While it might sound great to have a brand new knee if you suffer from severe arthritis, knee replacement surgery is pretty severe. Soon, you may have more options available than just surgery. There is a new slate of medical options being discovered at the Andrews Institute to treat arthritis through minimally invasive procedures.

Along with Emory University, Duke University, and Sanford Health, the Andrews Research and Education Foundation (AREF) is conducting a research study comparing three different kinds of stem cells with the current gold standard treatment for arthritis – corticosteroid injections. 

Many patients with osteoarthritis in the knee eventually require surgery as their condition worsens. This study is looking at ways to prevent the need for knee replacement surgery through the use of stem cells to help the knee cartilage repair itself. 

As part of the study, participants receive injections of stem cells from their own belly fat (adipose tissue), bone marrow, or stem cells from a tissue donor. The control group receives the traditional steroid shot. Study participants are then monitored at different intervals over the next few years by MRI screenings to measure what, if any, improvement is taking place in the knee joint.

Dr. Josh Hackel, who is the principal investigator for this study at Andrews, became interested in sports medicine after having multiple knee surgeries while still in high school. 

I did my ninth-grade science project about my own knee surgery, with a poster presentation that documented the recovery. I still have it framed in my office,” said Hackel. 

Thirty years later his fascination with optimal knee function hasn’t abated. While his surgeries were a positive experience, Dr. Hackel now focuses on non-surgical treatments, which allows him to be a “one-stop shop” of quick diagnosis, minimally invasive treatments, and a return to health. Patients don’t have to wait to make a separate appointment to get an MRI for treatment. Hackel can use ultrasound technology, often on the first visit, to diagnose the patient’s condition and begin planning and executing a course of treatment.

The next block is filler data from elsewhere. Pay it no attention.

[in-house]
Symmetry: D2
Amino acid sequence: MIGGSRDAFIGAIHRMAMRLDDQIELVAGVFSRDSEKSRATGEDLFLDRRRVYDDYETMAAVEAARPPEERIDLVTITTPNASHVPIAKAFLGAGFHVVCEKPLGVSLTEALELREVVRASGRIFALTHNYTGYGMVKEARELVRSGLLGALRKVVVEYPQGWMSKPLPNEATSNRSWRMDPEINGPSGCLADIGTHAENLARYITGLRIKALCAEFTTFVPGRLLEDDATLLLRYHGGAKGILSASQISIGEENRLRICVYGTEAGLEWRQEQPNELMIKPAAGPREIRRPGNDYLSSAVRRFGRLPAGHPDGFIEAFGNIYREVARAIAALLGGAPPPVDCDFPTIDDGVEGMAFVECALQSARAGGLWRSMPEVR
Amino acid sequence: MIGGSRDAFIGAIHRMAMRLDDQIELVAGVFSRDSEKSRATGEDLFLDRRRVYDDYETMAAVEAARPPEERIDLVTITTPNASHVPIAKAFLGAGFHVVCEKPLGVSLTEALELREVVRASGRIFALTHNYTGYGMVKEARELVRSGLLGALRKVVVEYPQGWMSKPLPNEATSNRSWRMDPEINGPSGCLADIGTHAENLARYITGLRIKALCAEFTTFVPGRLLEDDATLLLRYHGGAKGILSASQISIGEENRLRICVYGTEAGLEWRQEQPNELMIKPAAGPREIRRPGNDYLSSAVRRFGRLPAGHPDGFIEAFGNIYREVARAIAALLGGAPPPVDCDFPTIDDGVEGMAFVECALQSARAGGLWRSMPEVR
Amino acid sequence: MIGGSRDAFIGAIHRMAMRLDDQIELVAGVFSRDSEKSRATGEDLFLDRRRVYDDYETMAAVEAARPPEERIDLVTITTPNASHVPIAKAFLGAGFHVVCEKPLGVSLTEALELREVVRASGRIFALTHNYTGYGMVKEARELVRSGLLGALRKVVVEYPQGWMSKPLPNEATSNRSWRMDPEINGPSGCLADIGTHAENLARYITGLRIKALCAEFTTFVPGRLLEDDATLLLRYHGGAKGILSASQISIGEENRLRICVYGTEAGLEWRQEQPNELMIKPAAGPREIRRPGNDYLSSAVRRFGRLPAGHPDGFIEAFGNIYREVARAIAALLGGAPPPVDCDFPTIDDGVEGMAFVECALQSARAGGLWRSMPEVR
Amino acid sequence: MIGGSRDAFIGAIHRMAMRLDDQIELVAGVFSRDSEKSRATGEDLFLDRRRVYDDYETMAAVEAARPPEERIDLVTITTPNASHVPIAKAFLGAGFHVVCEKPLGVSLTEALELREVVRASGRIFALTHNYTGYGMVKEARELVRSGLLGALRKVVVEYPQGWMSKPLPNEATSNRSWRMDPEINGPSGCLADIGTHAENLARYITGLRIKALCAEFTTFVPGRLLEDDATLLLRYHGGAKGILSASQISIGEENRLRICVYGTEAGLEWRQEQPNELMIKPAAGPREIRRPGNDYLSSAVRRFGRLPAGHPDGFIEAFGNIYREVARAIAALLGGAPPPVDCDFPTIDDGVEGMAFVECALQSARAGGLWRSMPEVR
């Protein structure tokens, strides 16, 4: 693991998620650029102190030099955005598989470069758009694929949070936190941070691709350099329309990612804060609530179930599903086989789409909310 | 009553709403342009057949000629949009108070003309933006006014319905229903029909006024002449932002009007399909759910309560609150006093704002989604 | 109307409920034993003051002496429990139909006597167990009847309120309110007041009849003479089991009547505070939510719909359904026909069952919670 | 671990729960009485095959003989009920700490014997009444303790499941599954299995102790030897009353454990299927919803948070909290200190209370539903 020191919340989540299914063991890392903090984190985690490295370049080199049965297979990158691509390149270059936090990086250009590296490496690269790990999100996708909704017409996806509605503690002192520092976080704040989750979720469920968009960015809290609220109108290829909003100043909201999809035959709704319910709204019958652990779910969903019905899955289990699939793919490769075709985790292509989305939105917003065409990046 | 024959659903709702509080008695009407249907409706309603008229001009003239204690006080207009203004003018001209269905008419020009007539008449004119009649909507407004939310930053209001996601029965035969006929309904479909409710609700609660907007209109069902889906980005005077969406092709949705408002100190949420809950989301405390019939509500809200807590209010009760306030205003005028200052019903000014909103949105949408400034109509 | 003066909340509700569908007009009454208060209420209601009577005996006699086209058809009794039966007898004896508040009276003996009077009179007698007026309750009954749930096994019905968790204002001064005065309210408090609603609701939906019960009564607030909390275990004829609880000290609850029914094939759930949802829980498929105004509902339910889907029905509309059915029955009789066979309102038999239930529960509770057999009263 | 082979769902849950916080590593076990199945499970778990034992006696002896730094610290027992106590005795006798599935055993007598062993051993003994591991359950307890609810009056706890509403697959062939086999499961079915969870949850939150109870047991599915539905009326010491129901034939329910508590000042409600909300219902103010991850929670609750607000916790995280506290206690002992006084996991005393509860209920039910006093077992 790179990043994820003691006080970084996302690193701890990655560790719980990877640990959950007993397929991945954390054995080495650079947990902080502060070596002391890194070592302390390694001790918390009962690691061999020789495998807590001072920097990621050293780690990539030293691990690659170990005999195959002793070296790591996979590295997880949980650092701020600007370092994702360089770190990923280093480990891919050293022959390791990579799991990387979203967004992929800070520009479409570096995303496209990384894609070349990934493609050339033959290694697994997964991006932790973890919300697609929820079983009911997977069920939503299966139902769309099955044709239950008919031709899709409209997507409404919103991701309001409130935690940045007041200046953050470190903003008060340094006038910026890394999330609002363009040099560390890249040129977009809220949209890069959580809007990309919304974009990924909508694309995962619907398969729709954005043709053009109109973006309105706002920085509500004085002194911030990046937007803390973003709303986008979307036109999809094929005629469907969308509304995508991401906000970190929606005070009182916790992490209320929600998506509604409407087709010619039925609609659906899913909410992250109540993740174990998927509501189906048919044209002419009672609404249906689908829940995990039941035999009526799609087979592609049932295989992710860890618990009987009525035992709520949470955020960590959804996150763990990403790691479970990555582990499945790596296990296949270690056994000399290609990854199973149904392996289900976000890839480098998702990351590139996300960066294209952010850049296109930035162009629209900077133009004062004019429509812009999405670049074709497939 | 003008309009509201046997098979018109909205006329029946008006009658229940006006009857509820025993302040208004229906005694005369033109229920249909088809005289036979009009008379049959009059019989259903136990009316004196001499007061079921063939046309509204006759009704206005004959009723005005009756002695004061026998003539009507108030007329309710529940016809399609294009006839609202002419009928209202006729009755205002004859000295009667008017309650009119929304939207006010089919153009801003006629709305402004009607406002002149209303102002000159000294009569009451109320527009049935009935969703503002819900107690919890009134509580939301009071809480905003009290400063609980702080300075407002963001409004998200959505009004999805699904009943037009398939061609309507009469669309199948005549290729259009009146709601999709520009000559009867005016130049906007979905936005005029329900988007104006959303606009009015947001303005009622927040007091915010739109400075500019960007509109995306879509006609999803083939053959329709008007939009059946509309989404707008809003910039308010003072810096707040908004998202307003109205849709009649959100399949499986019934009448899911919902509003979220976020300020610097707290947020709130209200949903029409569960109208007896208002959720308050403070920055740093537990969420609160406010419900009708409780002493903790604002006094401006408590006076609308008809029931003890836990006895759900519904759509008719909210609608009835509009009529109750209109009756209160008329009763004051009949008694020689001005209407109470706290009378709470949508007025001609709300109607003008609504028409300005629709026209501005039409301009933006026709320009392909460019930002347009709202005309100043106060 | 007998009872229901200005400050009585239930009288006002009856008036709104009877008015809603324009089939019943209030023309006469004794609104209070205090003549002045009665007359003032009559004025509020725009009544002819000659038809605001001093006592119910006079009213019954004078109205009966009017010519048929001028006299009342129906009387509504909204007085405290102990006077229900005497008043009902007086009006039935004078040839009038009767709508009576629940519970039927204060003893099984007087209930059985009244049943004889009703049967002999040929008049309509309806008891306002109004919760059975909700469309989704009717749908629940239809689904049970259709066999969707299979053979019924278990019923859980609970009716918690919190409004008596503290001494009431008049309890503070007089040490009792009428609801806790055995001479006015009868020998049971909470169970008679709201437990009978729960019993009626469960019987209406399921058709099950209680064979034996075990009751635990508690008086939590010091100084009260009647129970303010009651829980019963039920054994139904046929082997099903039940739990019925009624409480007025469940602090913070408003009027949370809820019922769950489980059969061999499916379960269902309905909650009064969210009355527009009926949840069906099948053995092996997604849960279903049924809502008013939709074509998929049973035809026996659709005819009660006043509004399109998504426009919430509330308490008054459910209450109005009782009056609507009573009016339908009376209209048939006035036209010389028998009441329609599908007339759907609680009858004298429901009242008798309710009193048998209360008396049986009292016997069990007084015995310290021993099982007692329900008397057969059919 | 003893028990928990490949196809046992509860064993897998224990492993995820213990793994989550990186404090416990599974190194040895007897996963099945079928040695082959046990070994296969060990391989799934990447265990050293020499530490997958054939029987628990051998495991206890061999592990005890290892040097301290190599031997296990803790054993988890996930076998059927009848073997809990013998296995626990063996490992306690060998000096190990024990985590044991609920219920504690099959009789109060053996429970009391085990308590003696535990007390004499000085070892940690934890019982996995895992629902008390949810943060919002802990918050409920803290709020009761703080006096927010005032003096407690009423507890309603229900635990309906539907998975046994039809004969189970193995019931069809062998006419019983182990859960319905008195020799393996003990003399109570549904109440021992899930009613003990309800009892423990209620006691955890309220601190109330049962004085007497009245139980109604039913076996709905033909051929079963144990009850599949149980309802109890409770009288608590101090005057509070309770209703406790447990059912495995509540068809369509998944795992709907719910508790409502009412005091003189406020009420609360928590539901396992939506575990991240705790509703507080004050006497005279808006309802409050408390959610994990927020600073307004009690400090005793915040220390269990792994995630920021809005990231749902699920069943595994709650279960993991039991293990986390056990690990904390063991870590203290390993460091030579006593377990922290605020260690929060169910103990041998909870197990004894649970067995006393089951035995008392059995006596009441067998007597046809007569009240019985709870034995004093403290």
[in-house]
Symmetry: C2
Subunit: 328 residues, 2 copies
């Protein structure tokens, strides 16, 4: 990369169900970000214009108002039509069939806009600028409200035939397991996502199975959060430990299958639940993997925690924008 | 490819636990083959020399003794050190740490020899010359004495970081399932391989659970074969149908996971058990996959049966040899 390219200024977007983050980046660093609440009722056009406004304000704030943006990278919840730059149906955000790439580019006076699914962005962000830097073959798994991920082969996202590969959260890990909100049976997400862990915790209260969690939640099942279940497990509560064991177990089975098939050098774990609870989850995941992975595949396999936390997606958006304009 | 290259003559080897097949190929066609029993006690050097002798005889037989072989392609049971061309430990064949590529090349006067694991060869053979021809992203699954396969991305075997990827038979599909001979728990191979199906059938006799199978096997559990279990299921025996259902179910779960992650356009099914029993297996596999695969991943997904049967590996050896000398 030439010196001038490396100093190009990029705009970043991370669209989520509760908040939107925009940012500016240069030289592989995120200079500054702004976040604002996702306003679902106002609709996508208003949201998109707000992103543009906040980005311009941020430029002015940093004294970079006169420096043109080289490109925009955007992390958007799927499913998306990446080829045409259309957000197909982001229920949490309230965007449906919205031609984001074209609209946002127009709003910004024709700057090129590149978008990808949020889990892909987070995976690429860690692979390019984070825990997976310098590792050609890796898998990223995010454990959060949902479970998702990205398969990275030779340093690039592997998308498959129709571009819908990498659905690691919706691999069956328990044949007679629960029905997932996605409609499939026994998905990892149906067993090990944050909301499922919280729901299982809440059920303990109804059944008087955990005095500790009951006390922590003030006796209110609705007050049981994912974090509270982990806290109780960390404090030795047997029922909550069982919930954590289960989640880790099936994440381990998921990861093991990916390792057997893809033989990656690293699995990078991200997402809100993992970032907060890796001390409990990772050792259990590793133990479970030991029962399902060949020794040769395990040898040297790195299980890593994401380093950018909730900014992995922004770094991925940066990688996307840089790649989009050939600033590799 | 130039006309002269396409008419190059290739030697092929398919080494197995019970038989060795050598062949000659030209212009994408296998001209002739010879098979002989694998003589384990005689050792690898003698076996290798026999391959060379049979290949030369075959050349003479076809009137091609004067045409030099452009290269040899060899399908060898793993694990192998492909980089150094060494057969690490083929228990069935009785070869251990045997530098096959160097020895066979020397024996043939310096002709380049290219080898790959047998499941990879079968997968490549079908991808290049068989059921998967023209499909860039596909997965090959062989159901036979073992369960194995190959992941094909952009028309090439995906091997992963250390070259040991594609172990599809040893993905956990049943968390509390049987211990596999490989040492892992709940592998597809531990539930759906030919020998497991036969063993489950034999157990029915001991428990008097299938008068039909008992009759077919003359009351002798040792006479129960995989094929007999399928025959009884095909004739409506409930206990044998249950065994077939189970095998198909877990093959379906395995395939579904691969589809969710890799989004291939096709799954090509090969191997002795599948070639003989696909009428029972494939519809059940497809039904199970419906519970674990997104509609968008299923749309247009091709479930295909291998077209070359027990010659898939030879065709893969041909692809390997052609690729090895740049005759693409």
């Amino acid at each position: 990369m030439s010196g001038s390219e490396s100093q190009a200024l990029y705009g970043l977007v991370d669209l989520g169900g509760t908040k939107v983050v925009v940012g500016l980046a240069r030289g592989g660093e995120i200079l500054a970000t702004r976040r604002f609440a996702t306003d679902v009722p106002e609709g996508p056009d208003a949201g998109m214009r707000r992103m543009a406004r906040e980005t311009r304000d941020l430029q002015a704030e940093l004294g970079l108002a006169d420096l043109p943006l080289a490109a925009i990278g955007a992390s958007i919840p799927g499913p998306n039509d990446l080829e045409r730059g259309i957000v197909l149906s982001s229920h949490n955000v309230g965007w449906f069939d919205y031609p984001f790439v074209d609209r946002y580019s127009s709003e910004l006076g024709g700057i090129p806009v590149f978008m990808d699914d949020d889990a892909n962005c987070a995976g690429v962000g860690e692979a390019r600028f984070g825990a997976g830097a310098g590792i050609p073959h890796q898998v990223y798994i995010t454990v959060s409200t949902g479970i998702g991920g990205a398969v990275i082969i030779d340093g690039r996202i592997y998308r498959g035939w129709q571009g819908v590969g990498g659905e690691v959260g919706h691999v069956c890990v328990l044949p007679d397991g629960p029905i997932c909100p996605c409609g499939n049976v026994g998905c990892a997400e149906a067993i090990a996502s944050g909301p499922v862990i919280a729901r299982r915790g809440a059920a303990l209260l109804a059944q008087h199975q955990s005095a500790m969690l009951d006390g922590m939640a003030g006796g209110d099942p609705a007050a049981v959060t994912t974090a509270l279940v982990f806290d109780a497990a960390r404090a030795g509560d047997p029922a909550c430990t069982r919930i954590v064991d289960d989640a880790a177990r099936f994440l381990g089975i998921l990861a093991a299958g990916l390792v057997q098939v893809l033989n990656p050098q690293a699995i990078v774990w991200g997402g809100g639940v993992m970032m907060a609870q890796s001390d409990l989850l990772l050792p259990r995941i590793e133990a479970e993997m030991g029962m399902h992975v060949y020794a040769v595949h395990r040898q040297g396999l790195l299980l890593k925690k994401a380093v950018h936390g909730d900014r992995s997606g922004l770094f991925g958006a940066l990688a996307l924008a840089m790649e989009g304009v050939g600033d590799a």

Dr. Hackel explains that, “the Andrews Institute was built based on the principle that we would not only focus on patient and physician education, but also work to investigate and prove better, safer ways to treat musculoskeletal injuries. If we can do that, we can return the patient back to their normal activities faster, with less pain and less risk of reinjury or infection.”

Since roughly one in four Americans suffer from arthritis, having an institution on the forefront of orthopedic and regenerative medicine, pain relief, and regeneration is a boon for residents in the Gulf Coast area and beyond.

Dr. Hackel sums up the philosophy of the Andrews Institute by saying, “we are trying to take everyday problems and figure out better, safer, and less painful ways to treat them. That’s pretty awesome for patients here on the Gulf Coast, or in the southeastern United States.  

They don’t have to travel internationally, or to New York or the West Coast to get these cutting-edge treatments. We’re doing those same treatments, actually researching them, testing them, and improving them – right here at the Andrews Institute.”